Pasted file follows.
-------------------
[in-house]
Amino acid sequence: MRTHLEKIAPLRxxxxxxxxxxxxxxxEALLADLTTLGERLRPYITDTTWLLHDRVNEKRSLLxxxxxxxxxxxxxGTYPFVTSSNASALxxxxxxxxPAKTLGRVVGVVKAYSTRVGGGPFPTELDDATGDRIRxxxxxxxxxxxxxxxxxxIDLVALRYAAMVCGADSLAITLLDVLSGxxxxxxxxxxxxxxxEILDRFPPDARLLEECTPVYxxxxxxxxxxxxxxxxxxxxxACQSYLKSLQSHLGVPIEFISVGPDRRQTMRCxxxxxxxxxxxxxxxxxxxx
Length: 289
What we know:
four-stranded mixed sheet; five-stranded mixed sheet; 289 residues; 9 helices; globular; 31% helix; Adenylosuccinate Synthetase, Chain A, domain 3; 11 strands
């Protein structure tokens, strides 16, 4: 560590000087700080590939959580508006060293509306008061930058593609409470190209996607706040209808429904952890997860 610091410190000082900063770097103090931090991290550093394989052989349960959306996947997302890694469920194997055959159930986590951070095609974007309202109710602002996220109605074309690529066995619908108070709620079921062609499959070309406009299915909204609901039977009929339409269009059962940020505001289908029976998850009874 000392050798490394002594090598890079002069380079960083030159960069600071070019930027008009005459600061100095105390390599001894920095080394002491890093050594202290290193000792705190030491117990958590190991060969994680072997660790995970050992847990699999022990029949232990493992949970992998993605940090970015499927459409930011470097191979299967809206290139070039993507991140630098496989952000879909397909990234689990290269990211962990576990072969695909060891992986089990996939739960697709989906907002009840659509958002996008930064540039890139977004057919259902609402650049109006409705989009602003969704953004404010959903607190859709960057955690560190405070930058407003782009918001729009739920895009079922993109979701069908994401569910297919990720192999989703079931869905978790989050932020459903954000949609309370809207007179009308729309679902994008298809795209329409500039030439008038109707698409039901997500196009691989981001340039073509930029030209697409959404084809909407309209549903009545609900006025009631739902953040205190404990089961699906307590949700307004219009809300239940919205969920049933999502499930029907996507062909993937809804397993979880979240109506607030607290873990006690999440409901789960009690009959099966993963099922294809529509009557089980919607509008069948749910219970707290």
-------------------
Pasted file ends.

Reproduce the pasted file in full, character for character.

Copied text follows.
[in-house]
Amino acid sequence: MRTHLEKIAPLRxxxxxxxxxxxxxxxEALLADLTTLGERLRPYITDTTWLLHDRVNEKRSLLxxxxxxxxxxxxxGTYPFVTSSNASALxxxxxxxxPAKTLGRVVGVVKAYSTRVGGGPFPTELDDATGDRIRxxxxxxxxxxxxxxxxxxIDLVALRYAAMVCGADSLAITLLDVLSGxxxxxxxxxxxxxxxEILDRFPPDARLLEECTPVYxxxxxxxxxxxxxxxxxxxxxACQSYLKSLQSHLGVPIEFISVGPDRRQTMRCxxxxxxxxxxxxxxxxxxxx
Length: 289
What we know:
four-stranded mixed sheet; five-stranded mixed sheet; 289 residues; 9 helices; globular; 31% helix; Adenylosuccinate Synthetase, Chain A, domain 3; 11 strands
């Protein structure tokens, strides 16, 4: 560590000087700080590939959580508006060293509306008061930058593609409470190209996607706040209808429904952890997860 610091410190000082900063770097103090931090991290550093394989052989349960959306996947997302890694469920194997055959159930986590951070095609974007309202109710602002996220109605074309690529066995619908108070709620079921062609499959070309406009299915909204609901039977009929339409269009059962940020505001289908029976998850009874 000392050798490394002594090598890079002069380079960083030159960069600071070019930027008009005459600061100095105390390599001894920095080394002491890093050594202290290193000792705190030491117990958590190991060969994680072997660790995970050992847990699999022990029949232990493992949970992998993605940090970015499927459409930011470097191979299967809206290139070039993507991140630098496989952000879909397909990234689990290269990211962990576990072969695909060891992986089990996939739960697709989906907002009840659509958002996008930064540039890139977004057919259902609402650049109006409705989009602003969704953004404010959903607190859709960057955690560190405070930058407003782009918001729009739920895009079922993109979701069908994401569910297919990720192999989703079931869905978790989050932020459903954000949609309370809207007179009308729309679902994008298809795209329409500039030439008038109707698409039901997500196009691989981001340039073509930029030209697409959404084809909407309209549903009545609900006025009631739902953040205190404990089961699906307590949700307004219009809300239940919205969920049933999502499930029907996507062909993937809804397993979880979240109506607030607290873990006690999440409901789960009690009959099966993963099922294809529509009557089980919607509008069948749910219970707290």